Finally, considering the evidence that associates T. cruzi with the adipose tissue, ApoA1 and with HDL and LDL modifications, as well as its interaction with LDL receptors [95], the serum lipid profile is an interesting and important metabolome component in the search for possible CD biomarkers. Lipidomics has been defined as “the full characterization of lipid molecular species and of their biological roles with respect to expression of proteins involved in lipid metabolism and function, including gene regulation.” Although lipids are not used in clinical applications yet, many individual lipids have been associated with the evolution of different cancers, cardiovascular, neuropsychiatric, respiratory, and kidney diseases [96] and can provide information on disease status. Together with our metabolomics study, we are presently characterizing the lipidome in CD patients using an untargeted approach. We expect these holistic approaches lead to the identification of analytes that can discriminate between infected and non-infected populations.

Taken together, data issued from these different technologies will hopefully speed up the identification of markers suitable for clinical settings and proof of concept clinical studies and during drug development.

6.5 Other Technologies

Other no less important approaches to finding potential biomarkers rely on the identification of specific antibodies and the detection of anti-live T. cruzi antibodies by flow cytometry. To discover pathogen-specific linear B-cell epitopes from clinical samples, Carmona et al. used a highly multiplexed platform based on next-generation high-density peptide microarrays to map antibody specificities in CD [97]. In this approach, individual peptides (~180,000) are synthesized in situ on a glass slide at high densities, which reduces cost and allows a high-throughput and precise mapping of antibodies. After screening the arrays with antibodies purified from CD patients and HC, 2031 disease-specific peptides and 97 novel parasite antigens were identified, together with their linear B-cell epitopes [97]. Recently, Mucci et al. assessed the serological performance of 27 of these epitopes and their use in a multipeptide-based diagnostic method [98]. Seven peptides were evaluated in ELISA against 199 serum samples from CD and HC, including samples from leishmaniasis subjects. The assay showed a sensitivity of 96.3% and a specificity of 99.15% for CD, which suggests that the peptides could be used in CD diagnosis; however, their usefulness in treatment efficacy evaluation needs to be further studied.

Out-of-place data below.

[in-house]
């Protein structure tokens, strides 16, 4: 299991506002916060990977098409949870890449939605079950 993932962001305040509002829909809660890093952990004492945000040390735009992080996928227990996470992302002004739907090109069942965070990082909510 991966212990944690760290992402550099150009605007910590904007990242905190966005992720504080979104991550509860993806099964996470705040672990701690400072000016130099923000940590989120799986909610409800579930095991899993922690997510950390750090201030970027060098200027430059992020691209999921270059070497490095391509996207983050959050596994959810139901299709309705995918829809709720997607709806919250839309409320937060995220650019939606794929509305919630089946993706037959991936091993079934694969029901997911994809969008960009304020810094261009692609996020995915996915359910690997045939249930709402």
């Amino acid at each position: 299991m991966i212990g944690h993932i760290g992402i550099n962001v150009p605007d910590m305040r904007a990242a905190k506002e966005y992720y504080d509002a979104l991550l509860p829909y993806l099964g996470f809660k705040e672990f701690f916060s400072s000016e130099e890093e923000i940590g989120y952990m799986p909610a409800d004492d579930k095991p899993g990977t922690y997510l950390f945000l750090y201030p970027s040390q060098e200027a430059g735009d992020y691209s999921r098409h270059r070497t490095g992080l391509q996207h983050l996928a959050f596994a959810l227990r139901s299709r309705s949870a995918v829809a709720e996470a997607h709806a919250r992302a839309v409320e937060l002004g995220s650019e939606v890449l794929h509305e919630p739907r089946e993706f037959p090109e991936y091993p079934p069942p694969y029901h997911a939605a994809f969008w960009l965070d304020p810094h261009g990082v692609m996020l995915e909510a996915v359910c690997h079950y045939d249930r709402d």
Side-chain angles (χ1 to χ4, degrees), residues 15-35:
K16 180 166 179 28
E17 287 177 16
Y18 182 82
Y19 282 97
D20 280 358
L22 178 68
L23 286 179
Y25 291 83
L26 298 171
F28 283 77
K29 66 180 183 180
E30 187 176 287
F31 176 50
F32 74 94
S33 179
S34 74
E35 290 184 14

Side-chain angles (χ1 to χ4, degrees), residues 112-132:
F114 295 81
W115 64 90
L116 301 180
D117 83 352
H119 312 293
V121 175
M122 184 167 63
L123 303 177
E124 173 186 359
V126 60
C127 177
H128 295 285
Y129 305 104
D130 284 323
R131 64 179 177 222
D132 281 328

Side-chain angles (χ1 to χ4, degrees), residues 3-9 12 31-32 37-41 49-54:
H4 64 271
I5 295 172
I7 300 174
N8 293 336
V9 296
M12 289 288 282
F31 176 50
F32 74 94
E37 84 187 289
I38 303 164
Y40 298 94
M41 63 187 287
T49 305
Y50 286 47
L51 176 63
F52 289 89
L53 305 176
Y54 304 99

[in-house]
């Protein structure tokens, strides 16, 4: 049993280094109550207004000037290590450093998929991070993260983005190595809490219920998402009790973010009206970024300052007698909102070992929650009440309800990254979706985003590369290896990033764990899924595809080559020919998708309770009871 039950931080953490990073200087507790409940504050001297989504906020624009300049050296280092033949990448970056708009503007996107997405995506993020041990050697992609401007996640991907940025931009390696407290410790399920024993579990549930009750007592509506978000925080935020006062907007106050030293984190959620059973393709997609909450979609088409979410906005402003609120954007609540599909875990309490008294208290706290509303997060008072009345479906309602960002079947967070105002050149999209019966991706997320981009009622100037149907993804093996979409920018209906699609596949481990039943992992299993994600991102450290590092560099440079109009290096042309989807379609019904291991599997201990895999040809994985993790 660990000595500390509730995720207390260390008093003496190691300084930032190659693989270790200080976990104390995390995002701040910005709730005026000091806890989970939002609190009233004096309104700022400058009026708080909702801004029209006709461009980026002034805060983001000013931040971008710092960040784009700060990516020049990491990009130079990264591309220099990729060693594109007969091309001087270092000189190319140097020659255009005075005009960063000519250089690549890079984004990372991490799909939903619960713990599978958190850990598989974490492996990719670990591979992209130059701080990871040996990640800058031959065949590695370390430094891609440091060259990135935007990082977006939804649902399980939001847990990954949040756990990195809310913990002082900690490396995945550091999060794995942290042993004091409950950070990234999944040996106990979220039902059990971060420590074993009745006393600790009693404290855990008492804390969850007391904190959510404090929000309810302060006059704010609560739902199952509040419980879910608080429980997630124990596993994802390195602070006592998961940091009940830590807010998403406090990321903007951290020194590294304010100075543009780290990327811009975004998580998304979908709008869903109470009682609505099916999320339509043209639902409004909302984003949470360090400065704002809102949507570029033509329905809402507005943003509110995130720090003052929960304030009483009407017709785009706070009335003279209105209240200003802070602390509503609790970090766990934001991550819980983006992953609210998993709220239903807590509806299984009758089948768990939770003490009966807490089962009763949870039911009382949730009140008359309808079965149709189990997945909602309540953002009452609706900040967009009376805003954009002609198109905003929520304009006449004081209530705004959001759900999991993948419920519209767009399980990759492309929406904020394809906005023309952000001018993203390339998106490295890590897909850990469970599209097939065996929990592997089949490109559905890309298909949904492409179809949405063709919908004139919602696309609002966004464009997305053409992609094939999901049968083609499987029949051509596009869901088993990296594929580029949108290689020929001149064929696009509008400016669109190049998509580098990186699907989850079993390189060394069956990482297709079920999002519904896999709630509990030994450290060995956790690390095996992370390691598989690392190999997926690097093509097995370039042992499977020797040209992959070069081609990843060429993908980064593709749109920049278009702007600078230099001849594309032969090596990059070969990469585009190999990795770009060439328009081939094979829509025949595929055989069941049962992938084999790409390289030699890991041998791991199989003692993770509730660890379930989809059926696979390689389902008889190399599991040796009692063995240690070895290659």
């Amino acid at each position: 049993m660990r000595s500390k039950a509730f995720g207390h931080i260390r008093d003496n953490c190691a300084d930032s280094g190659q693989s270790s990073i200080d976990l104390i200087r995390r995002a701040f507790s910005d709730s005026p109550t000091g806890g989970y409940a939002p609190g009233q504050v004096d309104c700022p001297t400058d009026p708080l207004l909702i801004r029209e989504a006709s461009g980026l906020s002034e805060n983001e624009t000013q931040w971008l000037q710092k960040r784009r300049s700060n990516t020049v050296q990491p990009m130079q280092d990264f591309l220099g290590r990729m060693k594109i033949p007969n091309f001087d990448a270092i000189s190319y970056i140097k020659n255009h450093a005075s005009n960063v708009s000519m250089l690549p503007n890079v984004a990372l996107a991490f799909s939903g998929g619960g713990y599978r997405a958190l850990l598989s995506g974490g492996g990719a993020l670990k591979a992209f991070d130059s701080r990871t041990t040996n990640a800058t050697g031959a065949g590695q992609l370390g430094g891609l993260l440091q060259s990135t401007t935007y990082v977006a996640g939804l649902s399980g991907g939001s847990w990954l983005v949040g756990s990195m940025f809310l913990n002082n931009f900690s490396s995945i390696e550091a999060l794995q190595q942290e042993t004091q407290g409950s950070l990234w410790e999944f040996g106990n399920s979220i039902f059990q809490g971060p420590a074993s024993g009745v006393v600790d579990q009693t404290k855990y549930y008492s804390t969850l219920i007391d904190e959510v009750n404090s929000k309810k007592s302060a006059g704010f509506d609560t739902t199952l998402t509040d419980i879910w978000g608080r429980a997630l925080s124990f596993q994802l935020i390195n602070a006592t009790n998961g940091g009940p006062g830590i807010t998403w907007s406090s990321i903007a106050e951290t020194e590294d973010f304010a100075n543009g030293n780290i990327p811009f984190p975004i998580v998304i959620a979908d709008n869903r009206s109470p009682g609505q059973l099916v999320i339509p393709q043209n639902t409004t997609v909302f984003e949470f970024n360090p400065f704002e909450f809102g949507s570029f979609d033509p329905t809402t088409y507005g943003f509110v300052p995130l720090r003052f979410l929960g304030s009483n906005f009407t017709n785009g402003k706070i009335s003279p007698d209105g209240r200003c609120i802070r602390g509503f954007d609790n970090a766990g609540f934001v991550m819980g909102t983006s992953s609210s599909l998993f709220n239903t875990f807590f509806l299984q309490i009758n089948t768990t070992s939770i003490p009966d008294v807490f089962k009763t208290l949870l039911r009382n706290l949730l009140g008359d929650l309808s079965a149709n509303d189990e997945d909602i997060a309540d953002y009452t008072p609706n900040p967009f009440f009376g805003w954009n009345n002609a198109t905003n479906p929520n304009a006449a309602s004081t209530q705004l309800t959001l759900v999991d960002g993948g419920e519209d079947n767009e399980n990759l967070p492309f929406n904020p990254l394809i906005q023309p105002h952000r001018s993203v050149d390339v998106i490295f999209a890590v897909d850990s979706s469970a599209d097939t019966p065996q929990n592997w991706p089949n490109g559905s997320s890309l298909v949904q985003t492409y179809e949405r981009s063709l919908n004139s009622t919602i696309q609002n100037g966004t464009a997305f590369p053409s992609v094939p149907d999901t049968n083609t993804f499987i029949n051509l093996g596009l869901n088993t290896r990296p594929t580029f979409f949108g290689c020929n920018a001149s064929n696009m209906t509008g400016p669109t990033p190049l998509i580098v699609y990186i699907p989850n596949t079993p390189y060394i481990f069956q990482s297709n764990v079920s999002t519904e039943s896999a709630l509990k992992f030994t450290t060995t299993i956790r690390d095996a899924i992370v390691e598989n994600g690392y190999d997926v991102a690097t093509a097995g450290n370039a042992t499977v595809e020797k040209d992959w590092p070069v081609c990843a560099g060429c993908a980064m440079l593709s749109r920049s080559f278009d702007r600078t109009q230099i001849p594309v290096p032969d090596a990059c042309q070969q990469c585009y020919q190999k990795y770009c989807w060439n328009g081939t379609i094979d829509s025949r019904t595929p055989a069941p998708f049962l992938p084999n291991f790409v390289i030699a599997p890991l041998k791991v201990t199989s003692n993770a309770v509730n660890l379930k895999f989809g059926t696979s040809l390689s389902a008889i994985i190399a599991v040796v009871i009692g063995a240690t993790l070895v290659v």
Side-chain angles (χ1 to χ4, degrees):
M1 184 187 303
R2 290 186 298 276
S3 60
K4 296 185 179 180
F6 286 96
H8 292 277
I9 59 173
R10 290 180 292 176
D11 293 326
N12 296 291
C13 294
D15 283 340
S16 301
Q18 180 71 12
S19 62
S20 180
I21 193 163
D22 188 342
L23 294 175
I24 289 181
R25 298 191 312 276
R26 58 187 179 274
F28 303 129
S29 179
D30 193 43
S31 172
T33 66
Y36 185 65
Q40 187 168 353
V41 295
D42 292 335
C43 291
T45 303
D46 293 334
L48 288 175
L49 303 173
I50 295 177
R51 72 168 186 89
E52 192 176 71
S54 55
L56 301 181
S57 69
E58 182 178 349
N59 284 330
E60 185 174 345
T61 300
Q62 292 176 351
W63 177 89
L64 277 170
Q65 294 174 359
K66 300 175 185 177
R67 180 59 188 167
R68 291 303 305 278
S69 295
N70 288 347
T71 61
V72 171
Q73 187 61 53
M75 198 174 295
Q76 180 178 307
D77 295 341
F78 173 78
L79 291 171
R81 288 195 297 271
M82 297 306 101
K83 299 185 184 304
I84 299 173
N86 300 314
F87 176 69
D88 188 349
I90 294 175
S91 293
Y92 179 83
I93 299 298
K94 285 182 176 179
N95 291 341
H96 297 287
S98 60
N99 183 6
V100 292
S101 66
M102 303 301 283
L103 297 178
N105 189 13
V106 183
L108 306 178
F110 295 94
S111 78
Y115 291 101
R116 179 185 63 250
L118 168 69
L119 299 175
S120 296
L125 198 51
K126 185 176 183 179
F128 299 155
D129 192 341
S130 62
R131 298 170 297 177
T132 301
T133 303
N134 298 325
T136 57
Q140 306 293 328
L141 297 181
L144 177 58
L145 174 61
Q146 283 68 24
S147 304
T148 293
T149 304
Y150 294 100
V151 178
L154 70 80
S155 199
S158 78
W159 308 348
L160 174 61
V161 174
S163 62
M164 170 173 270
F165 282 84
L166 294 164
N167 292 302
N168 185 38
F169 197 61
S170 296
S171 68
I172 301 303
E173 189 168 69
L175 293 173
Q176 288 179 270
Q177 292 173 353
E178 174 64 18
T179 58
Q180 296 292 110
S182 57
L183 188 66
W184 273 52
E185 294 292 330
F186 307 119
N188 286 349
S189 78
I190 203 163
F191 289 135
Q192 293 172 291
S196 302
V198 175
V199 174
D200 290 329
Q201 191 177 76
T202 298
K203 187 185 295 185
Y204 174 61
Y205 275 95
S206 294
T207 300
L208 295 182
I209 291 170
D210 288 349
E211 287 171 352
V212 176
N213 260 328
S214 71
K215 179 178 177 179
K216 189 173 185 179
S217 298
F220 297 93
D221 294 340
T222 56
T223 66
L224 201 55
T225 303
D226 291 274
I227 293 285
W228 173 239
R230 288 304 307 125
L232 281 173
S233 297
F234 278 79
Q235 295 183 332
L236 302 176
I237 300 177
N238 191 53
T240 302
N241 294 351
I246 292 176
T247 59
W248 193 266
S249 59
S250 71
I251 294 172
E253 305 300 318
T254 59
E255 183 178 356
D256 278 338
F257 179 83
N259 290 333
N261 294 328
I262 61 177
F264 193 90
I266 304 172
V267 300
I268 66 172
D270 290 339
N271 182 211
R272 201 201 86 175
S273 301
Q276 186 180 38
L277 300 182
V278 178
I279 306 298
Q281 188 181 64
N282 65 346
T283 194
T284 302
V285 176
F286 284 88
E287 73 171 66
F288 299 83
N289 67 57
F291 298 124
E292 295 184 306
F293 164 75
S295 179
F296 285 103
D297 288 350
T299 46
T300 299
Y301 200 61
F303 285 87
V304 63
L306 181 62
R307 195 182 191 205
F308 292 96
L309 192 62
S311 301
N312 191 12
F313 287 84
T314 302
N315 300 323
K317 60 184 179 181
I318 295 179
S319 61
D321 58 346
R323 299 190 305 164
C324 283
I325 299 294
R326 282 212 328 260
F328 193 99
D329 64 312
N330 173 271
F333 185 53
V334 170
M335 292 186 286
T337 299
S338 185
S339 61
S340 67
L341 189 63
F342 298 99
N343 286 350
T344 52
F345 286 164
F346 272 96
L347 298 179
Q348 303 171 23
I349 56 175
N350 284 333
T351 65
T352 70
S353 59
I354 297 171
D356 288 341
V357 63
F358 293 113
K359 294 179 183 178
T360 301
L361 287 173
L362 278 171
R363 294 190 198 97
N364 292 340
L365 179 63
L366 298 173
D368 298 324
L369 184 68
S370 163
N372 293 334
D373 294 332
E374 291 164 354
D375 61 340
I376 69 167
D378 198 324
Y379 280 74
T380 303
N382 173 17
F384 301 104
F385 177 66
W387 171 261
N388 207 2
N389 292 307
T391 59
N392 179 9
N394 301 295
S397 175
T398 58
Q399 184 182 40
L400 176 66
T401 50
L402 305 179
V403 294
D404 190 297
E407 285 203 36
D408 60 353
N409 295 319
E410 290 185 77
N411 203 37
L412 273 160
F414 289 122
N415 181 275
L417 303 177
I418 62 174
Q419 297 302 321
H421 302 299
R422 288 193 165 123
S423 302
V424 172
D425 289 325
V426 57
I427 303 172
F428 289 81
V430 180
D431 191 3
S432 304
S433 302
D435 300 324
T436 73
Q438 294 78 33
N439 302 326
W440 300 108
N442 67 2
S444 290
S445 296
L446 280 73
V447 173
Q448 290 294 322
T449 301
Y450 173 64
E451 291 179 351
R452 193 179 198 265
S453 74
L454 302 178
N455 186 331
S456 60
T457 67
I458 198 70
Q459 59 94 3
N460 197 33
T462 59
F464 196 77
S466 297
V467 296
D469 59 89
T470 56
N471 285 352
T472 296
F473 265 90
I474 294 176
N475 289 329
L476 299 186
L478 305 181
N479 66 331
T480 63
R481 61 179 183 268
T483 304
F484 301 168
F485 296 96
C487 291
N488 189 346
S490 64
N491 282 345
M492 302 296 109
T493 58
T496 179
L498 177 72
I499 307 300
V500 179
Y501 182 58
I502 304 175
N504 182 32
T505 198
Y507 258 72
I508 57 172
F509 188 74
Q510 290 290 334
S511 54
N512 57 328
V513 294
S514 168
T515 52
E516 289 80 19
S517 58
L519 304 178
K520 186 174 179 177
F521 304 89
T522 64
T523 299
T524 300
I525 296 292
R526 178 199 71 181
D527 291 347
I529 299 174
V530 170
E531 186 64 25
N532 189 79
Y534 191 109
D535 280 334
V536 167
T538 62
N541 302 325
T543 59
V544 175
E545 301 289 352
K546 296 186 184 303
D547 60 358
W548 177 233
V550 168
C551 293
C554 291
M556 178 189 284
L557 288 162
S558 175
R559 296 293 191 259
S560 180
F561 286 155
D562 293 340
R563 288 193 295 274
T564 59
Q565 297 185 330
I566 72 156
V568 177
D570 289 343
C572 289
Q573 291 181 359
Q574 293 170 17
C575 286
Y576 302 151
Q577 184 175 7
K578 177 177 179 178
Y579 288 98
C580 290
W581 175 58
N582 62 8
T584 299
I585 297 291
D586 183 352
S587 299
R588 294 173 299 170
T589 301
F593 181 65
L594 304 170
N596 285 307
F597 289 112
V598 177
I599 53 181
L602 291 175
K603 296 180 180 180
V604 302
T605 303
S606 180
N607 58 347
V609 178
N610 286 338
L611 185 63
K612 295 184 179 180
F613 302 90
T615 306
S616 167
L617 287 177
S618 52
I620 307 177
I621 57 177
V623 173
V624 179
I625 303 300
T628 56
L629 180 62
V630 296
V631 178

As mentioned in Sect. 5.1, the detection of lytic antibodies against live parasites is an alternative to the evaluation of specific antibodies. In a double-blinded study with 94 coded samples, Martins-Filho et al. found that anti-live trypomastigote antibody (ALTA) measured by flow cytometry (FC) was able to discriminate not treated (NT), treated but not cured (TNC), and treated and cured (TC) patients when using a 1:256 serum dilution [99]. In a larger study population with four different cohorts, the same group demonstrated that anti-fixed epimastigote antibody (AFEA) discriminates the clinical status of CD patients after treatment at higher serum dilutions (1/2048). FC-AFEA-IgG showed 100% sensitivity (80.3–100%) and specificity (85.6–100%) with positive and negative predictive values of 100%. This suggests both antibodies measured by FC are not only good enough for diagnosis and prognosis but could be useful as criteria of cure.